Tharu people are the indigenous people of the Terai of southern Nepal. There are various sub-groups of Tharus that are scattered all over the Terai belt of Nepal namely–Rana Tharu and Kathariya Tharu in Kailali and Kanchanpur, Sonha Tharu of Surkhet, Dangaura Tharu in western Terai Dang-Deukhuri, Banke, Bardia, Kailali, Kanchanpur, Rupandehi and Kapilvastu, Chitwan Tharu in Chitwan, Sindhuli and Nawalparasi, Kochila and Danuwar Tharu in eastern Terai and Lampucchwa Tharu in Morang and Sunsari district.
In addition, Tharus are residing in northern India adjacent to the Terai of Nepal. According to one scholar Al-Biruni, Tharu people have been living in eastern Terai since the 10th century. Rana Tharus of western Nepal associate themselves with the Thar Desert of India and consider themselves descendants of the Rajput family of Rajasthan. Some Tharu consider themselves to be the descendants of Gautama Buddha.
Tharu people are rich in art, crafts, and culture. Their art and craft, like their language and traditions, are distinct among their subgroups and are an integral part of their lives. Tharu women decorate their everyday surroundings like Dhakiya, Machiya, Chhatari, Delawa, Moka, Arawa, Takha, and Medhito making their homes aesthetically pleasing by using various forms of art and craftsmanship. Tharu art is painted on walls at most Tharu huts which have similar techniques to that of fresco paintings.
However, Tharu has its unique motifs and their art is very much inclined toward nature. Tharu people paint elephants, lions, horses, peacocks, fish, snakes, flowers, and plants on their walls. They also paint similar paintings in large cotton sheets that are hung on the wall for decorative purposes. They also paint various deities such as Bhairava, Krishna, Rama, Pandava, Kaurava , and Astamatrika, in various festivals such as Astamika, Amausa, and Diwali. The Kuhara clan of the Tharu community has established itself as a pioneer in terracotta (brownish-red clay) and pottery figurines.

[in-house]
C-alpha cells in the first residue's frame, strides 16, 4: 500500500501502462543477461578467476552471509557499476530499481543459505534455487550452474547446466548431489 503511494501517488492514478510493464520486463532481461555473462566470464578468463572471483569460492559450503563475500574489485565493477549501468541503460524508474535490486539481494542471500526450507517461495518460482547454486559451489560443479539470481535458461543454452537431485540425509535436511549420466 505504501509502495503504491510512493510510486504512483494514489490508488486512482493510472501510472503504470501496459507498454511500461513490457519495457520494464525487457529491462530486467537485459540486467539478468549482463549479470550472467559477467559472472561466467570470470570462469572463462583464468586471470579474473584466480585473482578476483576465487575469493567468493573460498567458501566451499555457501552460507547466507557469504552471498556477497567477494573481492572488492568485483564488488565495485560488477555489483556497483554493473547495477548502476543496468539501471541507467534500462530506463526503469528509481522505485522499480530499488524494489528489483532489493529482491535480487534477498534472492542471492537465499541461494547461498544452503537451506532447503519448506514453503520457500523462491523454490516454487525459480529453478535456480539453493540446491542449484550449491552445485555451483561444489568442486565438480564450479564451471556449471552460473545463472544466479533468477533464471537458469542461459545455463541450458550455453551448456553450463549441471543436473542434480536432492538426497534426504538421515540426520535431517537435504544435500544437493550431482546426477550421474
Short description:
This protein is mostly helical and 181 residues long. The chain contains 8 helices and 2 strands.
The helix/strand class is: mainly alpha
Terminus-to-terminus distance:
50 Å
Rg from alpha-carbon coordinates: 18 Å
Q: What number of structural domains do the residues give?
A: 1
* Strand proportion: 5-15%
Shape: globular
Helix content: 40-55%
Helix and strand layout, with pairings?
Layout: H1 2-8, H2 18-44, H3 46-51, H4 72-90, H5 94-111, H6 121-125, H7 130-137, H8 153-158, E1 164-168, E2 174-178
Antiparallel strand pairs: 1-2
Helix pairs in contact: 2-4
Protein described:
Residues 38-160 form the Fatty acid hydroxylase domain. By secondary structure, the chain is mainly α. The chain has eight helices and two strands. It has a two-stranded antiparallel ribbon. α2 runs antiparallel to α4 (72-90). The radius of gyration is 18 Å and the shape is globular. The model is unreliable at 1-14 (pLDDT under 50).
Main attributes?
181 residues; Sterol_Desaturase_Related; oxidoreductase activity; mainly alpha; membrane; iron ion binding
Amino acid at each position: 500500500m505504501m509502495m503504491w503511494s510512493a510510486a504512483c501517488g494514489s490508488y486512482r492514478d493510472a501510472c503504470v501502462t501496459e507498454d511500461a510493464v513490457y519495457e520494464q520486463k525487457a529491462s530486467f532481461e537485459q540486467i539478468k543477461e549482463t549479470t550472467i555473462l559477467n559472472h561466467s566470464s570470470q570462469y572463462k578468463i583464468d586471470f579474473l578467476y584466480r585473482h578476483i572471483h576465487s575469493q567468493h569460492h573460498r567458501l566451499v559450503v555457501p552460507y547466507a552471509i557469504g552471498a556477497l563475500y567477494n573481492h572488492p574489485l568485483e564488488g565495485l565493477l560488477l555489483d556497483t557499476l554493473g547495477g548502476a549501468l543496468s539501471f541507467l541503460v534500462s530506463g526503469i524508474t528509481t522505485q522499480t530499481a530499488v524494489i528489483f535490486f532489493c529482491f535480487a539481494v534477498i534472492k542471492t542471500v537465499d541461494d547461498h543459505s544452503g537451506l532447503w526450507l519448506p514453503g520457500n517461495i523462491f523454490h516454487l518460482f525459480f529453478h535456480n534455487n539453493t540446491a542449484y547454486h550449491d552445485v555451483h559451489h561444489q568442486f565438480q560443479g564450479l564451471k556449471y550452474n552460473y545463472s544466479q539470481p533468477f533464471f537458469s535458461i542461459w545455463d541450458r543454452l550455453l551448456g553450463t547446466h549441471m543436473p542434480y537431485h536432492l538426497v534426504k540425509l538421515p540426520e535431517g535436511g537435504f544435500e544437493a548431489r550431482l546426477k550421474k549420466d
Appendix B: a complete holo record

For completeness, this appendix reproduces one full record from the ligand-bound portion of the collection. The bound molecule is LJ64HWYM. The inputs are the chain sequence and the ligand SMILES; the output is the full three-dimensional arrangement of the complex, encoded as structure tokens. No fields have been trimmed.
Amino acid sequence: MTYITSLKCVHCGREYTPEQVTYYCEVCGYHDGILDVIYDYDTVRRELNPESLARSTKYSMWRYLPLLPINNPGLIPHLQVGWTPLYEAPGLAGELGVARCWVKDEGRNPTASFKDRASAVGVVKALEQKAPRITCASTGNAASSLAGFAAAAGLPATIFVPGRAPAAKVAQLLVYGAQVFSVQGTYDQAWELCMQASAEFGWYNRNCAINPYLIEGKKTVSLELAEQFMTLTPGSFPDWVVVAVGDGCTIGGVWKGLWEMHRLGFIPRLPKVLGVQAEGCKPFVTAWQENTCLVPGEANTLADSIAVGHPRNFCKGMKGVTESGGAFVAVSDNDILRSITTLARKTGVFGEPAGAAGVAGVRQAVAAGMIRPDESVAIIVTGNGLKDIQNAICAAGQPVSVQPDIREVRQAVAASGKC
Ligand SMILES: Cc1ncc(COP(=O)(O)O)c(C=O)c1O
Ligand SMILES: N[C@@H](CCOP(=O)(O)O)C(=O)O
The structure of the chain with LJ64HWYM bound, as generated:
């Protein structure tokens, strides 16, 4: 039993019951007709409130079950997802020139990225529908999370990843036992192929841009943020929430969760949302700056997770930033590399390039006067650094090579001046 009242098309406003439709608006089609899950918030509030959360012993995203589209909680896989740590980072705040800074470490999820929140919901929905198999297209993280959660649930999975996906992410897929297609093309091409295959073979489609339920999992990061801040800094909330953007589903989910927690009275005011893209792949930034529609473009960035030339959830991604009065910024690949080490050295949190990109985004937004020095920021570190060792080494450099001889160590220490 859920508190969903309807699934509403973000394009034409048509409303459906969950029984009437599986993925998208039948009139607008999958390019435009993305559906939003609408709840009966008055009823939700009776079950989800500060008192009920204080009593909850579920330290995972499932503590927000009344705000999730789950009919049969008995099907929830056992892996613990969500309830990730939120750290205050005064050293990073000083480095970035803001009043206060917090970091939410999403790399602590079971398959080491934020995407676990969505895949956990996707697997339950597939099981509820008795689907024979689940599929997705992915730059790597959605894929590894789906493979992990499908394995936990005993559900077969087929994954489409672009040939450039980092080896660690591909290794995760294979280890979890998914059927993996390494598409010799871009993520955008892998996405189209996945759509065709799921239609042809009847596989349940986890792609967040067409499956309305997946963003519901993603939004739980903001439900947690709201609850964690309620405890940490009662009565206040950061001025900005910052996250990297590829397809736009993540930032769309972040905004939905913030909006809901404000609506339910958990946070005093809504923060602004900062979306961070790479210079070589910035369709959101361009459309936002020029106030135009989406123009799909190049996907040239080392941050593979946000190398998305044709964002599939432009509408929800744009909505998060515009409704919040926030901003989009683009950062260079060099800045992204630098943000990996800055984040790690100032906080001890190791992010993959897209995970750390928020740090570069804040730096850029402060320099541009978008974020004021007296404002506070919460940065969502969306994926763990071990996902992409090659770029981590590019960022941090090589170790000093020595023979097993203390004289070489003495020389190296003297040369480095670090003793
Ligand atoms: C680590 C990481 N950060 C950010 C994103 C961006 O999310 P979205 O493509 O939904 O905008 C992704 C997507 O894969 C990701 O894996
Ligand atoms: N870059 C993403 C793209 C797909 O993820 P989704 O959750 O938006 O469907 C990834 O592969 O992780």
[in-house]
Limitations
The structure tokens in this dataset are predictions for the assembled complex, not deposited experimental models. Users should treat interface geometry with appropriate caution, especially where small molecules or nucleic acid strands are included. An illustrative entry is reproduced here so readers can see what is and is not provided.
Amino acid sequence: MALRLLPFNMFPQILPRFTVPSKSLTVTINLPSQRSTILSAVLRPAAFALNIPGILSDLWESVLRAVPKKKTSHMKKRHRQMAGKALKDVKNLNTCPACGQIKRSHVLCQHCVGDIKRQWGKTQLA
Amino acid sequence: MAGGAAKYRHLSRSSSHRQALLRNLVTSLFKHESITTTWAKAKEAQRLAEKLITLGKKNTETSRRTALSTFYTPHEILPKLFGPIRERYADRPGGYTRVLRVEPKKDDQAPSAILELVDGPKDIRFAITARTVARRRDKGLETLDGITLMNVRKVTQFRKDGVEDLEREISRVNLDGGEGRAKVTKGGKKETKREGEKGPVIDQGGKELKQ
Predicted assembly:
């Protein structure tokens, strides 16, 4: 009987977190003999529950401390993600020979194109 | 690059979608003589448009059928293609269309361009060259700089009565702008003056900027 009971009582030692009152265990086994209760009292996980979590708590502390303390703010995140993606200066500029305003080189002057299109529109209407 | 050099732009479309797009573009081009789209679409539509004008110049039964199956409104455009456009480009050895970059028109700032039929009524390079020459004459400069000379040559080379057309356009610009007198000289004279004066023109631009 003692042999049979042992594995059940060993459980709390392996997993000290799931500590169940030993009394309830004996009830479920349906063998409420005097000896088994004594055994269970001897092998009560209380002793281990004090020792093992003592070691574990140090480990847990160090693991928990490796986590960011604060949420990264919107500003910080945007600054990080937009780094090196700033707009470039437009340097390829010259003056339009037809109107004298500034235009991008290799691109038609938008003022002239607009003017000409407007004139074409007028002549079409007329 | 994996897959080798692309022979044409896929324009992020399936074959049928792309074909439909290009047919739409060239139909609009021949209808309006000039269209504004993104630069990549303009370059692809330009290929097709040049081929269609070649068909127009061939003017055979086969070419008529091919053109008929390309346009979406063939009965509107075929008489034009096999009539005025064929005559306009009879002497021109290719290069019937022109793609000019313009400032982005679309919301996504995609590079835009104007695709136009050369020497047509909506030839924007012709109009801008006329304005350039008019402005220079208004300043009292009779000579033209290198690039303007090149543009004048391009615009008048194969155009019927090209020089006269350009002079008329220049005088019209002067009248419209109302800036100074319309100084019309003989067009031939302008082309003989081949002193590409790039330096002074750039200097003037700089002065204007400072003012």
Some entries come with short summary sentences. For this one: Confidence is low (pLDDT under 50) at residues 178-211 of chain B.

Some Tharu people are also diligent in woodworking and make wooden sculptures of Ganesha, Astamatrika, Mahadeva, Brahma, and Vishnu. They also carve their doors, windows, dokawa, adhiya, dhokani, chatuwa, and dabilausing the Saal tree.
Just like other ethnic groups of Nepal. Tharu people too have their ornaments which are obviously unique and classic.
Head ornaments– Kilipha, Kanta, Phulara Choti, Maniya, Senura, Tikuli, Dhari, and Tikka are worn by Tharu women on their foreheads.
Nose ornaments– Phophi, Phuliya, Nathiya, Nathuni, Nasaaandkhila are worn on the left side of the nose.
Ear ornaments-Taraki, Sikadi, Sidhari, Lari, Tappa, Jhumka, Laheka, Tarki, Aerana and Bichakani are worn on the ears.
Neck ornaments-Sutiya,Thumari, Rupayakamala, Chaukimala, Hara, Sitahara, Chandrahara, Sikadi and Mudiyamalaare worn on the neck.
Hand ornaments-Baju, Churiya, Bahotta, Kanna, Tediya, Lahathi, Churiya, Josana,Pahunchi,Agela, Pacchela, Chhaniya, Rupayaka, Bahulla and Saloni.
Traditionally called “Khodna” or “Godana” are the tattoos worn by Tharu women on their hands, thighs, legs, chest, and backs to symbolize the beauty of nature.
Tattoos are usually done by women tattooists called “Tikaniya”. Tharu women believe tattoos go with them to the other dimension and consider tattoos as their property and gifts to the deceased after their death. They also take tattoos as permanent jewelry that can’t be stolen.
Tattoos of the Tharu culture are inspired by nature. Various motifs are used ranging from simple motifs such as lines, dots, and crosses to birds such as Peacock, Mejoor, and various other elements of nature. Tattooing is done with the black ink obtained from the soot of the mustard lamp.
Tikaniya makes use of sharp needles to prick the skin to mark traditional motifs on their skin which is a very painful process that sometimes results in the fainting of the person being tattooed.
In the earlier days, Godna was worn by all married women. However, many young girls these days are slowly stepping away from their tradition of wearing Godna.